These days, grievance is a growth industry. For many people, being offended is the default setting on their lifestyle menu: they go there first and ask questions later. This is a pain in the ass to the rest of us because the Eagerly Offended constantly demand centre stage, they won’t shut up and there’s no reasoning with those nimrods. They want to be outraged. So, since it’s practically impossible to beat ‘em, I’ve decided to join ‘em and be offended too – by clichés.
English is a beautiful language, and I’m shocked and appalled that people who wouldn’t recognize a simile if it bit them on the bum think it’s acceptable to toss around hackneyed phrases as if they were confetti at a gender reveal party. There are millions of people all over the world who love and admire the English language, and the indiscriminate use of stale, worn-out and unimaginative vocabulary is very distressing and hurtful to them. This is the 21st century — not the Age of Edward Bulwer-Lytton, for God’s sake! We need to stand together to put an end to this linguistic appropriation and perhaps, moving forward, we can create a world free of lackluster analogies for our children to enjoy. Here are just a few egregious examples to get the ball rolling.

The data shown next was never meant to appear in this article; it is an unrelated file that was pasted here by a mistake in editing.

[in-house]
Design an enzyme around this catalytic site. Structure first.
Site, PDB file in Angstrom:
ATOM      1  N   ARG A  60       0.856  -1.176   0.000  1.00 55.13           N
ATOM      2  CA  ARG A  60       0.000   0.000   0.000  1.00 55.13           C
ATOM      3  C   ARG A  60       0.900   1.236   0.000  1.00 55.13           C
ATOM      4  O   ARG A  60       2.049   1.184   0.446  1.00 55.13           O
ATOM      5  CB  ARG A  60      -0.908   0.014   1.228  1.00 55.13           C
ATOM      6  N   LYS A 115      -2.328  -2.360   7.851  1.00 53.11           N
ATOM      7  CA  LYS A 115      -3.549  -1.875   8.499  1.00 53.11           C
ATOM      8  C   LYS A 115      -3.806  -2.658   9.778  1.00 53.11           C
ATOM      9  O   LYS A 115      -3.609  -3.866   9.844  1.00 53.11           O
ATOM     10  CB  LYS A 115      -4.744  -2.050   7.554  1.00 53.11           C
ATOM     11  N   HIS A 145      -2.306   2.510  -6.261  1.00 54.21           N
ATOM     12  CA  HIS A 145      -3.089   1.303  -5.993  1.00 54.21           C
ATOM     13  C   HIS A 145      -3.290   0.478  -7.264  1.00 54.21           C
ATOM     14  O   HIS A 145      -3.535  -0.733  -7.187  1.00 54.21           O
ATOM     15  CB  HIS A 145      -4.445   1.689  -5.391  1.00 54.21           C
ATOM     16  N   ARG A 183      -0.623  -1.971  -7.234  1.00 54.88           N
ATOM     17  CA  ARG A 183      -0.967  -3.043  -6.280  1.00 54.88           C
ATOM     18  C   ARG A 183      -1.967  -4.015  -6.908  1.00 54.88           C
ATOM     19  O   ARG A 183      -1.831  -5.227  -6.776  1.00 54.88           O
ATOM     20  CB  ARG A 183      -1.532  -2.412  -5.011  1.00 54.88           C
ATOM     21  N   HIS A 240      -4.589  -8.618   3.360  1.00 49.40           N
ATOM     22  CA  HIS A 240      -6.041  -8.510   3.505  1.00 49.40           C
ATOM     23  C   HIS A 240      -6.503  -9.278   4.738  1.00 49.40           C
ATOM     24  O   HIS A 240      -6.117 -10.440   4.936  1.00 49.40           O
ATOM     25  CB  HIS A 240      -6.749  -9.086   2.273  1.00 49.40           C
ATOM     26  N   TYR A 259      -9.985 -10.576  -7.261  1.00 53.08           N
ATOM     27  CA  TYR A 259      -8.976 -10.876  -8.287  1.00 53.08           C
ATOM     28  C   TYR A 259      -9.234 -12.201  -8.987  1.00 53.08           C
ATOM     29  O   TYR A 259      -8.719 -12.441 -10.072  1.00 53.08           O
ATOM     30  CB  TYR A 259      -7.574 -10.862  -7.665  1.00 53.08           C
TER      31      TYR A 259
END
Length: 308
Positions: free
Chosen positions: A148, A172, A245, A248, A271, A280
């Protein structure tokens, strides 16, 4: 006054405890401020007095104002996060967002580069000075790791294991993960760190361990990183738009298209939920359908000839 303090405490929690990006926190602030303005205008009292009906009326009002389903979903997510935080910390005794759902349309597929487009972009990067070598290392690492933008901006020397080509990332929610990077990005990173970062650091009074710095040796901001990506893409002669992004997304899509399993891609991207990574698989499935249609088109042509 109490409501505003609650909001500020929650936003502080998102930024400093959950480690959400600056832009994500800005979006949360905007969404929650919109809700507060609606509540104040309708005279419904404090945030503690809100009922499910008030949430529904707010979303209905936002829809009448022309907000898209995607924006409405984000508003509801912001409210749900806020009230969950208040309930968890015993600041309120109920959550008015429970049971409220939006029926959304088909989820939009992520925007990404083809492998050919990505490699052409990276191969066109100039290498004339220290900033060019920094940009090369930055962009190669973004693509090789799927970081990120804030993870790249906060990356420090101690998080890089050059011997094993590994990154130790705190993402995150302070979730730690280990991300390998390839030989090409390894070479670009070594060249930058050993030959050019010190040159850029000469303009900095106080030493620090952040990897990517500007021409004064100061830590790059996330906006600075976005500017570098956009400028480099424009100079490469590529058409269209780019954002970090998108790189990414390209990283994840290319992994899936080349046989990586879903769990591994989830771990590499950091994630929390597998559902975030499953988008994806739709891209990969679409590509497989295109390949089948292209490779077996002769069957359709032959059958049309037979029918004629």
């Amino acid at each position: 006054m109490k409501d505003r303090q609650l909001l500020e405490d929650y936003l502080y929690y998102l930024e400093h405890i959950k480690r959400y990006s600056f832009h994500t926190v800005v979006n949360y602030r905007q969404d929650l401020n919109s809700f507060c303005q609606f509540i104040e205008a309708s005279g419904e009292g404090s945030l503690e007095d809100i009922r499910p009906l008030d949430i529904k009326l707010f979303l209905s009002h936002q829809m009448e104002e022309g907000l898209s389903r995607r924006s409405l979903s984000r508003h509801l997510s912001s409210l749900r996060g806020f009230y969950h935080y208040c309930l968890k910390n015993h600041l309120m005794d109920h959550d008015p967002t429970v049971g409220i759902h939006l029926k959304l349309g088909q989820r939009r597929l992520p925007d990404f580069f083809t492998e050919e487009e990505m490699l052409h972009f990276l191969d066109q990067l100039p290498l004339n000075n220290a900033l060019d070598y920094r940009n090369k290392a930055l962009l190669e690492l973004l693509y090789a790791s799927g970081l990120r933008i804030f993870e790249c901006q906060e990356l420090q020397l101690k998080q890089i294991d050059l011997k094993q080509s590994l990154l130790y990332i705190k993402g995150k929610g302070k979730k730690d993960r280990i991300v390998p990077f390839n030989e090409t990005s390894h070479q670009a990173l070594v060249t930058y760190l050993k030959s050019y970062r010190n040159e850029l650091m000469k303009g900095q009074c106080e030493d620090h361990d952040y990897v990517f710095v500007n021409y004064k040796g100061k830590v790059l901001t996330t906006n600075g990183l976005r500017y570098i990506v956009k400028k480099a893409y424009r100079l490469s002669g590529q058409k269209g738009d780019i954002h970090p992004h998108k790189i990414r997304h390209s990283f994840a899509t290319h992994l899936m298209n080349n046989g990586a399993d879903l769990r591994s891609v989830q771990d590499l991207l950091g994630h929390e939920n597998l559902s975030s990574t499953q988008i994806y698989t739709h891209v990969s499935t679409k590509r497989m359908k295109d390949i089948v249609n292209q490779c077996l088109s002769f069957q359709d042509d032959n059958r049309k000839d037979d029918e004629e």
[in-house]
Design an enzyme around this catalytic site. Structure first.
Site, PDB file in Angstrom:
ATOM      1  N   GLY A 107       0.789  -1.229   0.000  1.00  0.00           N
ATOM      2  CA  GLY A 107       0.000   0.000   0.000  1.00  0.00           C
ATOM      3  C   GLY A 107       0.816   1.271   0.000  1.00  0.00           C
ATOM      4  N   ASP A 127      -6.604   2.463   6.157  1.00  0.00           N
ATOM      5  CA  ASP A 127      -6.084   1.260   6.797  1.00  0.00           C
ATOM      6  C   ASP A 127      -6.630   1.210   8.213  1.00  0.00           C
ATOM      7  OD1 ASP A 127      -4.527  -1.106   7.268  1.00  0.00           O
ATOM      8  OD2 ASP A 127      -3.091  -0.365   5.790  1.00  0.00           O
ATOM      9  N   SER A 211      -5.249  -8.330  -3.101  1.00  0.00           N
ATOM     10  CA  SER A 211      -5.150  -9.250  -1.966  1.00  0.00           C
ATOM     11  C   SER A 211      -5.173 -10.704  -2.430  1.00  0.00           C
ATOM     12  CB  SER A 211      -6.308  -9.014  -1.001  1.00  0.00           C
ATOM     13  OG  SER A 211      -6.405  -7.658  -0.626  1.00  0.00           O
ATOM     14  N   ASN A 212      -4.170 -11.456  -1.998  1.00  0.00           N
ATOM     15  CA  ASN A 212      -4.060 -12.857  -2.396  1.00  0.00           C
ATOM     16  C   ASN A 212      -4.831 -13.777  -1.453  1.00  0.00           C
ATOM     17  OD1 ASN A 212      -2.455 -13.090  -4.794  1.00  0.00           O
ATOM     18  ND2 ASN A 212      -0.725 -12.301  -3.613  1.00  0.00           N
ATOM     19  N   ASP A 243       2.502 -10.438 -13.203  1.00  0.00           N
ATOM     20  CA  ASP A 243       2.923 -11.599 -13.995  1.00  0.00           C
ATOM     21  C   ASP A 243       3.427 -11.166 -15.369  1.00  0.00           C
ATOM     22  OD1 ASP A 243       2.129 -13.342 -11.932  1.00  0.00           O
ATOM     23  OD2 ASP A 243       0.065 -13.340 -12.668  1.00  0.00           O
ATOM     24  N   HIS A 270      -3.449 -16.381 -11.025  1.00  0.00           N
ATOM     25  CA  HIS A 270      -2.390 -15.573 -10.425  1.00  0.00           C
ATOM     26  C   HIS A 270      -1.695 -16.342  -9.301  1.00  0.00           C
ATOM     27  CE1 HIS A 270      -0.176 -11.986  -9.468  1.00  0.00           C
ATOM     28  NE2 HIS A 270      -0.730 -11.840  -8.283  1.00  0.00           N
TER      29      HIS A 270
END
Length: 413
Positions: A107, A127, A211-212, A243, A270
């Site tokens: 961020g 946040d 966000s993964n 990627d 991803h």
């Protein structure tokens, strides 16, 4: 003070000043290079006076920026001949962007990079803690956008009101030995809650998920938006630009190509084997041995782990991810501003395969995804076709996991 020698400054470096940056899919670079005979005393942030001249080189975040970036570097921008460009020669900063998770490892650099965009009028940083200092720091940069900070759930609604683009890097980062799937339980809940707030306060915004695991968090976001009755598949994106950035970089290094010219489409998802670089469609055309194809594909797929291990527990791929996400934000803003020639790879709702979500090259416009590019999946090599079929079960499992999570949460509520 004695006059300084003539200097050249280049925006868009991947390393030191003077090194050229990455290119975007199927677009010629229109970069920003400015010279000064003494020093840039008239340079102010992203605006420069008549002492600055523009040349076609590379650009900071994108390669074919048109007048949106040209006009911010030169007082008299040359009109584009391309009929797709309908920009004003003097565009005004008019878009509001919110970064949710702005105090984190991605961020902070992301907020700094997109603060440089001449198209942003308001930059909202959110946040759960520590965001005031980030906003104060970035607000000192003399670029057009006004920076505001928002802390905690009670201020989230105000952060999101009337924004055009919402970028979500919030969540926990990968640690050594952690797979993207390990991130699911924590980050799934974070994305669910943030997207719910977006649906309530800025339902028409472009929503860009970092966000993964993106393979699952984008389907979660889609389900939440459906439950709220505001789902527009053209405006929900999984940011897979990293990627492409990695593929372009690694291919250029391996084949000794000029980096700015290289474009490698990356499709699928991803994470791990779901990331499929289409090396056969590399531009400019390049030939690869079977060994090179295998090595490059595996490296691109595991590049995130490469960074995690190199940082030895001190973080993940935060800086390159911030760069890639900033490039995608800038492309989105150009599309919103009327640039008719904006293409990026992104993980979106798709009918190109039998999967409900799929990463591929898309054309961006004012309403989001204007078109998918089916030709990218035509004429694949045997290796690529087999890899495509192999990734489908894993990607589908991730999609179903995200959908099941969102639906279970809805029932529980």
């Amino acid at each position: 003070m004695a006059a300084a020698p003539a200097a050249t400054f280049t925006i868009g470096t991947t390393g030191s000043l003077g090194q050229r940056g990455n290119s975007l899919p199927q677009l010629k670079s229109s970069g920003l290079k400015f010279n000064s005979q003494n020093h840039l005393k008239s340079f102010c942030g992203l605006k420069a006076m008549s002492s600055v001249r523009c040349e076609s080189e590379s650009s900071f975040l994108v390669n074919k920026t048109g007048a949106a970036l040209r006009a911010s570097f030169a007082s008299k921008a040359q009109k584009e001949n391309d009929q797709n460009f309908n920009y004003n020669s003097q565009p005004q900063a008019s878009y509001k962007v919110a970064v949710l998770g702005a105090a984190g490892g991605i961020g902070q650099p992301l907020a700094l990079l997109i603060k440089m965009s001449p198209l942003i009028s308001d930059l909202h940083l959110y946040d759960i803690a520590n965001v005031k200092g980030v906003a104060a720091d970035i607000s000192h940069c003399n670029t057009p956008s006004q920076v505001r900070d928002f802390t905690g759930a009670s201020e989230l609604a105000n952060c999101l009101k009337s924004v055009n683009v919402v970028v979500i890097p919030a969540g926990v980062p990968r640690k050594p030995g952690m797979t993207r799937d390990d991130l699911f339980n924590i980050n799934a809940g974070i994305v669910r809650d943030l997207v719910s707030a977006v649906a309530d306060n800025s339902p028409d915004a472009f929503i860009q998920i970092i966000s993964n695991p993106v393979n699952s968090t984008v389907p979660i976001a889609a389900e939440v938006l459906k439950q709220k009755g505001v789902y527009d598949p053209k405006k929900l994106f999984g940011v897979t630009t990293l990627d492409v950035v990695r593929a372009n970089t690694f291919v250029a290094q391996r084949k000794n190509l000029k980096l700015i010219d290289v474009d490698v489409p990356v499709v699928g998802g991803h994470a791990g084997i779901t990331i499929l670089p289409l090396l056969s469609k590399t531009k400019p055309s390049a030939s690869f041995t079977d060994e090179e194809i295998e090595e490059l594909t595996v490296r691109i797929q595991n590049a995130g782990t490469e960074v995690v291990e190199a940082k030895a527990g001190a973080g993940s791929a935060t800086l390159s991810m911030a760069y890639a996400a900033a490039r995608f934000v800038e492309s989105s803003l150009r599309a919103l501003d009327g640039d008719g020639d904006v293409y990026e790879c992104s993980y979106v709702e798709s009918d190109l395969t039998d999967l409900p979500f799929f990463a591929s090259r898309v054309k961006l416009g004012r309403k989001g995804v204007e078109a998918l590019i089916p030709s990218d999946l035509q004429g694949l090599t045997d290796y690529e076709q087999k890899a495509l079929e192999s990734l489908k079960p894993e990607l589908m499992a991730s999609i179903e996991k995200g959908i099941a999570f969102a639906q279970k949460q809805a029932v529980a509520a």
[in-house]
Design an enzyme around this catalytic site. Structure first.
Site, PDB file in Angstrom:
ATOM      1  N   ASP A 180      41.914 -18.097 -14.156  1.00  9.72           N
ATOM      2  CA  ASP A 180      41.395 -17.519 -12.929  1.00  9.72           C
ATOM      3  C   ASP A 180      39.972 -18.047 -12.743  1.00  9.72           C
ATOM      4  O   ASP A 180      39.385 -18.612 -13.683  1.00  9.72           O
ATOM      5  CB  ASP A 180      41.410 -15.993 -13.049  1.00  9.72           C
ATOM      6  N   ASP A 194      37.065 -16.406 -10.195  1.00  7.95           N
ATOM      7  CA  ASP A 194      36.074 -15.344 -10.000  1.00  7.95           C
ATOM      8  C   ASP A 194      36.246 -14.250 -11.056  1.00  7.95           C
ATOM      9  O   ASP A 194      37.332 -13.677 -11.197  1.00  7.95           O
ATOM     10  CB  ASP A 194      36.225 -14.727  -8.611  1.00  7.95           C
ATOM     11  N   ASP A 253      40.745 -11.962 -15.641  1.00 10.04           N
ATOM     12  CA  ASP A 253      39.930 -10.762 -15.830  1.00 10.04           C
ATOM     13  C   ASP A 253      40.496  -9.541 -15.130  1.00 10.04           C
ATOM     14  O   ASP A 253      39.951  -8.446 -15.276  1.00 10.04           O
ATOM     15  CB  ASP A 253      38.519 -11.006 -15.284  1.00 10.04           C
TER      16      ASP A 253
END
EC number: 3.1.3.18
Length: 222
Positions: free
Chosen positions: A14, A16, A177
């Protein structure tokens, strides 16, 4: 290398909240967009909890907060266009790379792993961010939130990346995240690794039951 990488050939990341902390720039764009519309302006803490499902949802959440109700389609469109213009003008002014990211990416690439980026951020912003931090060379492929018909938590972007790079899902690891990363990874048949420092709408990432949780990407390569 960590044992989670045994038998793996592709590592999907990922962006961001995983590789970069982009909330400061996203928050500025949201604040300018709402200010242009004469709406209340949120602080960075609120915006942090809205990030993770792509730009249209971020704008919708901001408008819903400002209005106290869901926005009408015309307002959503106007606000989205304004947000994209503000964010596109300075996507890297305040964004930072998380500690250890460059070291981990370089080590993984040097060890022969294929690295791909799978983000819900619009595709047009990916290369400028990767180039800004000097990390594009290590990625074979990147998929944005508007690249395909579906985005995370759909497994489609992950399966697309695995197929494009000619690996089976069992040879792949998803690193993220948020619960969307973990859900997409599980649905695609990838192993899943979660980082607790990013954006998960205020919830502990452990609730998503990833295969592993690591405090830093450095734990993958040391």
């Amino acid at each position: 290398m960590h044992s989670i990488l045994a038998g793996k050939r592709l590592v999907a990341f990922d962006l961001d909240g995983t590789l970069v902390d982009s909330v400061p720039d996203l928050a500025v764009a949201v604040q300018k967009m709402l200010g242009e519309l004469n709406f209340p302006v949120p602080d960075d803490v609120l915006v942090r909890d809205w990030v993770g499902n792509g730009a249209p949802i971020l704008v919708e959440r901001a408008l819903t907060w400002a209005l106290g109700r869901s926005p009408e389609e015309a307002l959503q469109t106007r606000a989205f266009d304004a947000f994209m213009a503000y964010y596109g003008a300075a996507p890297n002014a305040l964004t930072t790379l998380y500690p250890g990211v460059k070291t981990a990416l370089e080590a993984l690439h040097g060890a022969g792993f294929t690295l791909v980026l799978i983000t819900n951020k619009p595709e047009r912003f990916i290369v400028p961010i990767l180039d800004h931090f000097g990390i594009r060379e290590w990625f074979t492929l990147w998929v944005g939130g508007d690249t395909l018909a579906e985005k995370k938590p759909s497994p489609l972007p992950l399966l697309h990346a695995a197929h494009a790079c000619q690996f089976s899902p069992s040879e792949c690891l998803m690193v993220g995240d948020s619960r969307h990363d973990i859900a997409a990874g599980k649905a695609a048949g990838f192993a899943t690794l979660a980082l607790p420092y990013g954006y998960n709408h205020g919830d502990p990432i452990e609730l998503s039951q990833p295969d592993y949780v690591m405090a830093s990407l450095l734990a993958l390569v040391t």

I slept like a baby.
Talk to any sleep-deprived new parent and they will tell you that babies do not sleep well, at all. They’re constantly waking up at all hours to either demand food or let you know, in no uncertain terms, they’ve turned it into something icky.
The expression should be – I slept like a single person who learned about birth control in middle school and, over the years, has become really, really good at it.
It was funny as Hell.
By definition, Hell is not the least bit humourous.
The expression should be – It was as funny as the look on the loud-mouthed atheist’s face when Satan explained the Rules of Eternal Damnation.
Happy as a clam.
I have a strange feeling that happiness is not derived from getting dumped into a pot of boiling water and literally being cooked alive.
The expression should be – Happy as a fat person with a bowl full of empty clam shells.
They treated him like a dog.
Oh — they gave him free food, provided shelter, made sure he had clean water and exercise, paid for his schooling, personal grooming and health care?
The expression should be – They treated him like a human.
You’re only as old as you feel.
This only works on those particular days when you feel younger than you really are. On all the other days, you’re pretty much screwed.
The expression should be – Everybody knows we’re all getting older; quit trying to do a chronological comb-over.
Money isn’t everything.
Of course not. There are all kinds of other things — like poverty, hunger, homelessness and deprivation.
The expression should be – Money isn’t everything, but it certainly is ahead of whatever’s in second place.